ASP.NET MVC Source Refresh Preview

We recently opened up a new ASP.NET CodePlex Project that we will be using to provide previews (with buildable source code) for several upcoming ASP.NET features and releases.

Last month we used it to publish the first drop of the ASP.NET MVC source code.  This first drop included the source for the ASP.NET MVC Preview 2 release that we shipped at MIX, along with Visual Studio project files to enable you to patch and build it yourself.

A few hours ago we published a refresh of the ASP.NET MVC source code on the site.  This source refresh is not an official new ASP.NET MVC preview release – instead it is an interim drop that provides a look at the current state of the source tree.  We will ship the official "ASP.NET MVC Preview 3" release in a few weeks after we finish up some more work (more features and tweaks to existing ones, better VS tool integration, VS express edition support, documentation, etc).  If you are someone who wants a hassle-free installation of ASP.NET MVC to use that ships with documentation and full tool support you’ll probably want to wait for this official preview release.  If you are someone who wants a chance to see an early "preview of the preview" and have the opportunity to start using and giving feedback on some of the features immediately, today’s source refresh is probably interesting to look at.

Improvements with this ASP.NET MVC Source Refresh

This week’s update (which you can download here) includes a number of improvements to ASP.NET MVC.  Some of these include:

  • In addition to posting the source code for the ASP.NET MVC framework, we are also posting the source code for the unit tests that we use to test it.  These tests are implemented using MSTest and the open source Moq mocking framework.  A VS 2008 project file for the unit tests is included to make it easy to build and run them locally within your VS 2008 IDE.

  • Significantly easier support for testing Controller classes.  You can now unit test common Controller scenarios without having to mock any objects (more details on how this works below).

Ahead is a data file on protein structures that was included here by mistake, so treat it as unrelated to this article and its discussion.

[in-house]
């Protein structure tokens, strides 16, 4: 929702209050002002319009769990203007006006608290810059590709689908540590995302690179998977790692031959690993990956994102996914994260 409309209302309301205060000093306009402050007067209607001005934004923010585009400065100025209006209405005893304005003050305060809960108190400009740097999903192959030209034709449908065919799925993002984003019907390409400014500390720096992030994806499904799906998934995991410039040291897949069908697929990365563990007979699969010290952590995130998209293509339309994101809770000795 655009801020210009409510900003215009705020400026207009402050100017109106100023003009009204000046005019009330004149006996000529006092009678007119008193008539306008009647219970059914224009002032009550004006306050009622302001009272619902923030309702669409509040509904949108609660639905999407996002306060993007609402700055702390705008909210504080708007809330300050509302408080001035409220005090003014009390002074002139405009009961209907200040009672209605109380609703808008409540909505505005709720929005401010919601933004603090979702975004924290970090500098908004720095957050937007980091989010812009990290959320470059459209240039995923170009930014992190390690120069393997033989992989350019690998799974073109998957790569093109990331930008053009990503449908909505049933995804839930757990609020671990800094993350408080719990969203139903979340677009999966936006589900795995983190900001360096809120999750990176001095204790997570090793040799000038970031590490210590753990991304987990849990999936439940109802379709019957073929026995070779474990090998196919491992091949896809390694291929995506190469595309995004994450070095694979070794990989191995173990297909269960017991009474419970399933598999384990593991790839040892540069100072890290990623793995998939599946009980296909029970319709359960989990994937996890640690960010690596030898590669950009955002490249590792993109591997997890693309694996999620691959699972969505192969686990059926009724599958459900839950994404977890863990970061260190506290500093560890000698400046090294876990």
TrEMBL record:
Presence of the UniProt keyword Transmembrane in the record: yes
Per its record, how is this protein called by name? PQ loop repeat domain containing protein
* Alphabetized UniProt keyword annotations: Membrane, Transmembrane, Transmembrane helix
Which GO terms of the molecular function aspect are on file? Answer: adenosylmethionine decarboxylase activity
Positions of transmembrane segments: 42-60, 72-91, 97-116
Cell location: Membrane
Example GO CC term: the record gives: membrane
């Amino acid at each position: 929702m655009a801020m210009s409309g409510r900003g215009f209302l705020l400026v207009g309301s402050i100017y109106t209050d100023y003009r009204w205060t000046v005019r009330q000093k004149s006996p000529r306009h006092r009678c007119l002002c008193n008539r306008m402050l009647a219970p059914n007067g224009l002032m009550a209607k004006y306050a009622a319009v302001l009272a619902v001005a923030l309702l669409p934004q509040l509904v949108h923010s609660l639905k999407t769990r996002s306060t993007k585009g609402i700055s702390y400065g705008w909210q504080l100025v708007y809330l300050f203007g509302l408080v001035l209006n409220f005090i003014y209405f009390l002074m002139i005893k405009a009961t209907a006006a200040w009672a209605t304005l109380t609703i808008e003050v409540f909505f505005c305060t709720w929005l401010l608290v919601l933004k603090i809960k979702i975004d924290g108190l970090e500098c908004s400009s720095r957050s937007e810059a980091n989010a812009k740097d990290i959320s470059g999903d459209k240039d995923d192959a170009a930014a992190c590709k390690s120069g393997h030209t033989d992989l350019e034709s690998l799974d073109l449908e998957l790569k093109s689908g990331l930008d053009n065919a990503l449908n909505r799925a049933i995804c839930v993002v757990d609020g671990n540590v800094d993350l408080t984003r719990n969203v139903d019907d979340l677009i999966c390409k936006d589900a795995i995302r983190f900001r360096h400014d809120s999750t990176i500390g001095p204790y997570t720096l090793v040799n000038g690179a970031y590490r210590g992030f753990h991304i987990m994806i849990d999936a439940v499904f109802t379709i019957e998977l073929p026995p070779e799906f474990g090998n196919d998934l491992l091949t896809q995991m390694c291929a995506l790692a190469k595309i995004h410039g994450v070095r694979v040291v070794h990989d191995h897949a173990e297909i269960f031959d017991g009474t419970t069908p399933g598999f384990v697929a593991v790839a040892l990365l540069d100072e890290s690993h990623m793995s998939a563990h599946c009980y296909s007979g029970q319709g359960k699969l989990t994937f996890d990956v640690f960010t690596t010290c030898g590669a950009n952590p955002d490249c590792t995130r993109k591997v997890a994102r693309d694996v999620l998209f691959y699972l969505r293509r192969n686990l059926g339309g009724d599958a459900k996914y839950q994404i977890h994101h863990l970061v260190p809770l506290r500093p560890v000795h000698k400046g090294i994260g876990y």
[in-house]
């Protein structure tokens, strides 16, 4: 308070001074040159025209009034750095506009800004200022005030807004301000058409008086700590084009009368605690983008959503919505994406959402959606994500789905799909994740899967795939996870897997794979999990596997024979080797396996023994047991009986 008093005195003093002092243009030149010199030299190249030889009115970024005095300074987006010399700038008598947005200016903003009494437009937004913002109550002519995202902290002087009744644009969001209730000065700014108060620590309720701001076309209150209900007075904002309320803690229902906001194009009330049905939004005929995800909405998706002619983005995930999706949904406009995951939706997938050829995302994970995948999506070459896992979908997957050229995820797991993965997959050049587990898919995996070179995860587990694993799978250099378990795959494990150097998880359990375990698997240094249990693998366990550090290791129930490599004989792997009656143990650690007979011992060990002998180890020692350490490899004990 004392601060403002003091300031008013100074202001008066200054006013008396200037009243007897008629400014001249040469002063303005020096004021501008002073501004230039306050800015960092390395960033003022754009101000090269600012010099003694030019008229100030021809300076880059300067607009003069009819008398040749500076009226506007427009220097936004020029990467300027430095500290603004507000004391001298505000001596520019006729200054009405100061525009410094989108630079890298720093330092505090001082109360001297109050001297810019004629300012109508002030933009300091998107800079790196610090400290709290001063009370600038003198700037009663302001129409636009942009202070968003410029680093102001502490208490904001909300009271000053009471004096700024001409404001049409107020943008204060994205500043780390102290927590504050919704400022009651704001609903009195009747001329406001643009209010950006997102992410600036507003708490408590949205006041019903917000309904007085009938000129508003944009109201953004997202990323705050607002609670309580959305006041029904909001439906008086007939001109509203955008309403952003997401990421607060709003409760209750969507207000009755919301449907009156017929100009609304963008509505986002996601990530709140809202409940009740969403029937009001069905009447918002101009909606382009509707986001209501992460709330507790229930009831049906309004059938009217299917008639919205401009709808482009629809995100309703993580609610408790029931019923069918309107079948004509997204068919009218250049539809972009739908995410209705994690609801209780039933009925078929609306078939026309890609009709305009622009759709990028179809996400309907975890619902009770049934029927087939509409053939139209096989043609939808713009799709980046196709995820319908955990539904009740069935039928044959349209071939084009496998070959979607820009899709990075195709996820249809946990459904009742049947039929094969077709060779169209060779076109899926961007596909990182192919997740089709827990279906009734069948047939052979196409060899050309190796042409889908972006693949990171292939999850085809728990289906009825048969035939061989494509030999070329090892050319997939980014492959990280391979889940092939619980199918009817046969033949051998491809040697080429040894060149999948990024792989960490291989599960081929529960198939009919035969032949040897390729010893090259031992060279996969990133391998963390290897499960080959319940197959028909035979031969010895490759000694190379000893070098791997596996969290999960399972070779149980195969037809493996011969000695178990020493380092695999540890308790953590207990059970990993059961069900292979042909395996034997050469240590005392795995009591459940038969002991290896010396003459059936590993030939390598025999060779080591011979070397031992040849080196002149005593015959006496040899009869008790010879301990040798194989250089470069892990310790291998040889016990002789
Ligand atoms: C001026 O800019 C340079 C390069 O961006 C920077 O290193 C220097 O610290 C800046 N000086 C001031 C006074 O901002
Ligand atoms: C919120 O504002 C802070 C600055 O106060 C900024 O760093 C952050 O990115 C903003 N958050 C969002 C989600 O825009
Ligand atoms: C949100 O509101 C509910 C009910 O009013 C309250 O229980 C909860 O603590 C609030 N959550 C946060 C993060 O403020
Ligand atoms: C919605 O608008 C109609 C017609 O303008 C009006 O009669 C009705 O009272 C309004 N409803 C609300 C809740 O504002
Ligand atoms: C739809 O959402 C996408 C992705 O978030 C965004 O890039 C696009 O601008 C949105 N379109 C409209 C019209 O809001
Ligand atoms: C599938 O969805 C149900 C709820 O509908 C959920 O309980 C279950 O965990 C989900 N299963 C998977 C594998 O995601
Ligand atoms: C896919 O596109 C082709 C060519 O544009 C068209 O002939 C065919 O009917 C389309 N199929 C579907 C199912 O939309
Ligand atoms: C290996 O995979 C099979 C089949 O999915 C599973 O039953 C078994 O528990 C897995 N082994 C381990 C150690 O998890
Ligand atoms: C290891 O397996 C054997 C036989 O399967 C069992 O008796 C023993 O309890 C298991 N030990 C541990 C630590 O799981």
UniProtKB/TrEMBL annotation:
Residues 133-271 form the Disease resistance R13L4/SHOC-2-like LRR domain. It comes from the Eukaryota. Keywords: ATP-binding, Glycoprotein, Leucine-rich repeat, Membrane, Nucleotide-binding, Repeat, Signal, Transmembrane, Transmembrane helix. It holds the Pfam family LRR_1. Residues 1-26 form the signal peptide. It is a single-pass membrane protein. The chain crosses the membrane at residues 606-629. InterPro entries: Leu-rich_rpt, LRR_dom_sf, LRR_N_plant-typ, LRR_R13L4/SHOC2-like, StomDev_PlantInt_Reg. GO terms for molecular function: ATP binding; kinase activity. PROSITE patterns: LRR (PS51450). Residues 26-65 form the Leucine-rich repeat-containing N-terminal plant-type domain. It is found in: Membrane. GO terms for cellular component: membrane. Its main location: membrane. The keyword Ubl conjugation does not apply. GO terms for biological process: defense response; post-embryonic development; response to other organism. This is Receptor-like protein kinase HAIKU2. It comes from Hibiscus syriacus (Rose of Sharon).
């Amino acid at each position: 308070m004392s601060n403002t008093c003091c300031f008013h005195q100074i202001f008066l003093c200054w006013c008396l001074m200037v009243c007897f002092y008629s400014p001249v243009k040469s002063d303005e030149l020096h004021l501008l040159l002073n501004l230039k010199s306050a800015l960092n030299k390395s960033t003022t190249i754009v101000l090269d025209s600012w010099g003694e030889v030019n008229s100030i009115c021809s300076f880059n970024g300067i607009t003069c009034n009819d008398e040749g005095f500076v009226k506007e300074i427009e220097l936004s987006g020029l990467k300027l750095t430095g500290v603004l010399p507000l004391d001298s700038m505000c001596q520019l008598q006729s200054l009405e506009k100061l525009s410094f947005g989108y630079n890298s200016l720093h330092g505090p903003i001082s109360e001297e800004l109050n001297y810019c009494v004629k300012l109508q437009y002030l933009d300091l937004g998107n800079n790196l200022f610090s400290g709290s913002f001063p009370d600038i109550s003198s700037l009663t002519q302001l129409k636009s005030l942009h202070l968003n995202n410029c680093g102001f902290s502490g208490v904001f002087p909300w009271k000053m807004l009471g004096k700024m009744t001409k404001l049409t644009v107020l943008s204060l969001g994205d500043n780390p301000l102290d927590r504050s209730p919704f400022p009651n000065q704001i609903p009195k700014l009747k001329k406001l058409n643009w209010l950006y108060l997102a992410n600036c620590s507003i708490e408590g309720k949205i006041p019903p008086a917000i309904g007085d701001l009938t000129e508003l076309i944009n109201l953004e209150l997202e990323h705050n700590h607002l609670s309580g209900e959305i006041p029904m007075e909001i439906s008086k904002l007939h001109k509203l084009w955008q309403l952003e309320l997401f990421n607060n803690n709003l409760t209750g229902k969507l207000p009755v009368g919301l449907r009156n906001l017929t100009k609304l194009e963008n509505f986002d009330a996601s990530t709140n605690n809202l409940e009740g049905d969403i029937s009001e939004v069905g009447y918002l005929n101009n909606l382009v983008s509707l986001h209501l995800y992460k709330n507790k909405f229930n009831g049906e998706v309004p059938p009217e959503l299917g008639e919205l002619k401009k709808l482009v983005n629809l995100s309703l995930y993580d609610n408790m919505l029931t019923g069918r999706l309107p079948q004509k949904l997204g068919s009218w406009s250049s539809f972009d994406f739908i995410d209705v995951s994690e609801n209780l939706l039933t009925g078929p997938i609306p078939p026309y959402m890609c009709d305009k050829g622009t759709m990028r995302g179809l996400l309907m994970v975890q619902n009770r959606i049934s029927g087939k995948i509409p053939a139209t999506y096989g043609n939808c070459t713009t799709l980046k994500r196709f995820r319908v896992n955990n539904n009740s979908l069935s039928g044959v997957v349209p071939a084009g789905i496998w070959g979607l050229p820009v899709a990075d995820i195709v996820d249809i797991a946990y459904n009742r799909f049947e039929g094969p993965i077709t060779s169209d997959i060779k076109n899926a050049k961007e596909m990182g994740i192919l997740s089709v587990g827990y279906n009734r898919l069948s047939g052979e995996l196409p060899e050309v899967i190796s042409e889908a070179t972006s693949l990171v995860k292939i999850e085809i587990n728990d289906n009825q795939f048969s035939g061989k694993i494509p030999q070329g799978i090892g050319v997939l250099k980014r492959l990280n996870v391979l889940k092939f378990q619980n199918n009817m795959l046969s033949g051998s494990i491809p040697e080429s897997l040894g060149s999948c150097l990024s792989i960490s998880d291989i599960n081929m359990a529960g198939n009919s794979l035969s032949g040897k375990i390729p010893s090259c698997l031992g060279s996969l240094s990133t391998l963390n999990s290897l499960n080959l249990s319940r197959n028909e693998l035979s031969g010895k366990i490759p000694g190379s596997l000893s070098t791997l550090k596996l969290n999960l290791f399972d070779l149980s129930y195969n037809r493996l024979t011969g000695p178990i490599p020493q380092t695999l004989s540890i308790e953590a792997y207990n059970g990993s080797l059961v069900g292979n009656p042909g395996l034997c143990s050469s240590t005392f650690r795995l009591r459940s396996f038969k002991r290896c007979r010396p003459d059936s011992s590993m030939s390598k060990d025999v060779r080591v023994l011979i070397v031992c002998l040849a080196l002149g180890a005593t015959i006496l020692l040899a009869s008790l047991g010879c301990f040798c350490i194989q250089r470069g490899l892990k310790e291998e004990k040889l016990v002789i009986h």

• Several nice feature additions and usability improvements to the URL routing system (more details below).

Creating a New ASP.NET MVC Project

You can build your own copy of the ASP.NET MVC assemblies by downloading the MVC source and compiling it locally, or alternatively you can download a VS Template package to get a pre-built version of them along with a Visual Studio project template that you can use to quickly build a new ASP.NET MVC Project that uses the latest bits.

After you install the ASP.NET MVC source refresh .VSI template, a new "ASP.NET MVC Application" project template will show up under the "My Templates" section of your "New Project" dialog:

This new "My Templates" version of the MVC project template lives side-by-side with the previous ASP.NET MVC Preview 2 release (which you can see above it in the main project templates section of the dialog).  This allows you to safely create new projects and and use both the latest source version and the last official preview version on the same machine.

When you create a new project using this updated ASP.NET MVC Project template you’ll by default get a project that looks like below:

This new project solution contains one Controller ("HomeController") under the "\Controllers" directory and two View templates ("About" and "Index") under the "\Views\Home" sub-directory.  Both view templates are based on a common master page for the site ("Site.master"), all of whose styles are defined within a "Site.css" file under the "\Content" directory.

When you run the application the built-in web-server will automatically start up and you’ll see the site’s "Home" content:

Clicking the "About us" tab will then display the "About" content:

The "HomeController" class in the project is responsible for handling both of the URLs above and has two action methods like below: